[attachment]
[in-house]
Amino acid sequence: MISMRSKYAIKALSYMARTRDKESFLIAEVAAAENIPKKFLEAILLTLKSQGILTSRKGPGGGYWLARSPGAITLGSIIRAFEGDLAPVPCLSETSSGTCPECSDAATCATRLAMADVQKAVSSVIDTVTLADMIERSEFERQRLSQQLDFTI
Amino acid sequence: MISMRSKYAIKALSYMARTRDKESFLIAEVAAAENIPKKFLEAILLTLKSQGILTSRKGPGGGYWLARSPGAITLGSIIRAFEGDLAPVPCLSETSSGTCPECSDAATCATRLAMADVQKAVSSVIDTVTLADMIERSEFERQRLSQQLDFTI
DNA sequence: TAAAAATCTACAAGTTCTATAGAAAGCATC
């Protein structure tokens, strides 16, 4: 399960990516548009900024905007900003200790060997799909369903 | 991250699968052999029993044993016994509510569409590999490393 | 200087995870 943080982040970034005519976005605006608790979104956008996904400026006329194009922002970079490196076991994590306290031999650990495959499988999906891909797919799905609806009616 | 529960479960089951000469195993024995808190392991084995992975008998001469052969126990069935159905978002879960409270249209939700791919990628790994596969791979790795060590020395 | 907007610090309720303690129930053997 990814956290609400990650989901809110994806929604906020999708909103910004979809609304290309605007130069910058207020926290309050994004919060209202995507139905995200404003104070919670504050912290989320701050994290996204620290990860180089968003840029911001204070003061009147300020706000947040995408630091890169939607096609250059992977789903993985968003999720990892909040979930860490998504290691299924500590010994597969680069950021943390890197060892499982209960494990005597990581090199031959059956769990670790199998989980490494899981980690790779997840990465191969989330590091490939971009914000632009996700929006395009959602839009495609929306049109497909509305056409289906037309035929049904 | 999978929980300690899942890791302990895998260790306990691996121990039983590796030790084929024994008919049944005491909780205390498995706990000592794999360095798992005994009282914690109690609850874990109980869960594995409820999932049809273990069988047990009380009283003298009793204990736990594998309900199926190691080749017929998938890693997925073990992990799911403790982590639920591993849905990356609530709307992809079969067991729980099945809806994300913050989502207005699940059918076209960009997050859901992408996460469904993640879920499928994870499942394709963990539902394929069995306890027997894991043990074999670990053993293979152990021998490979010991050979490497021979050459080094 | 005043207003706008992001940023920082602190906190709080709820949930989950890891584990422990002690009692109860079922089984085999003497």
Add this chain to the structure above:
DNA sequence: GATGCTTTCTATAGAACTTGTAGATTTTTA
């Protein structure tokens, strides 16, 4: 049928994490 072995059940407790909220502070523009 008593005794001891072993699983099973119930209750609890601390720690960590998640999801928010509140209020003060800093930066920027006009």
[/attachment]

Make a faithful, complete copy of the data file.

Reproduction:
[in-house]
Amino acid sequence: MISMRSKYAIKALSYMARTRDKESFLIAEVAAAENIPKKFLEAILLTLKSQGILTSRKGPGGGYWLARSPGAITLGSIIRAFEGDLAPVPCLSETSSGTCPECSDAATCATRLAMADVQKAVSSVIDTVTLADMIERSEFERQRLSQQLDFTI
Amino acid sequence: MISMRSKYAIKALSYMARTRDKESFLIAEVAAAENIPKKFLEAILLTLKSQGILTSRKGPGGGYWLARSPGAITLGSIIRAFEGDLAPVPCLSETSSGTCPECSDAATCATRLAMADVQKAVSSVIDTVTLADMIERSEFERQRLSQQLDFTI
DNA sequence: TAAAAATCTACAAGTTCTATAGAAAGCATC
């Protein structure tokens, strides 16, 4: 399960990516548009900024905007900003200790060997799909369903 | 991250699968052999029993044993016994509510569409590999490393 | 200087995870 943080982040970034005519976005605006608790979104956008996904400026006329194009922002970079490196076991994590306290031999650990495959499988999906891909797919799905609806009616 | 529960479960089951000469195993024995808190392991084995992975008998001469052969126990069935159905978002879960409270249209939700791919990628790994596969791979790795060590020395 | 907007610090309720303690129930053997 990814956290609400990650989901809110994806929604906020999708909103910004979809609304290309605007130069910058207020926290309050994004919060209202995507139905995200404003104070919670504050912290989320701050994290996204620290990860180089968003840029911001204070003061009147300020706000947040995408630091890169939607096609250059992977789903993985968003999720990892909040979930860490998504290691299924500590010994597969680069950021943390890197060892499982209960494990005597990581090199031959059956769990670790199998989980490494899981980690790779997840990465191969989330590091490939971009914000632009996700929006395009959602839009495609929306049109497909509305056409289906037309035929049904 | 999978929980300690899942890791302990895998260790306990691996121990039983590796030790084929024994008919049944005491909780205390498995706990000592794999360095798992005994009282914690109690609850874990109980869960594995409820999932049809273990069988047990009380009283003298009793204990736990594998309900199926190691080749017929998938890693997925073990992990799911403790982590639920591993849905990356609530709307992809079969067991729980099945809806994300913050989502207005699940059918076209960009997050859901992408996460469904993640879920499928994870499942394709963990539902394929069995306890027997894991043990074999670990053993293979152990021998490979010991050979490497021979050459080094 | 005043207003706008992001940023920082602190906190709080709820949930989950890891584990422990002690009692109860079922089984085999003497």
Add this chain to the structure above:
DNA sequence: GATGCTTTCTATAGAACTTGTAGATTTTTA
């Protein structure tokens, strides 16, 4: 049928994490 072995059940407790909220502070523009 008593005794001891072993699983099973119930209750609890601390720690960590998640999801928010509140209020003060800093930066920027006009």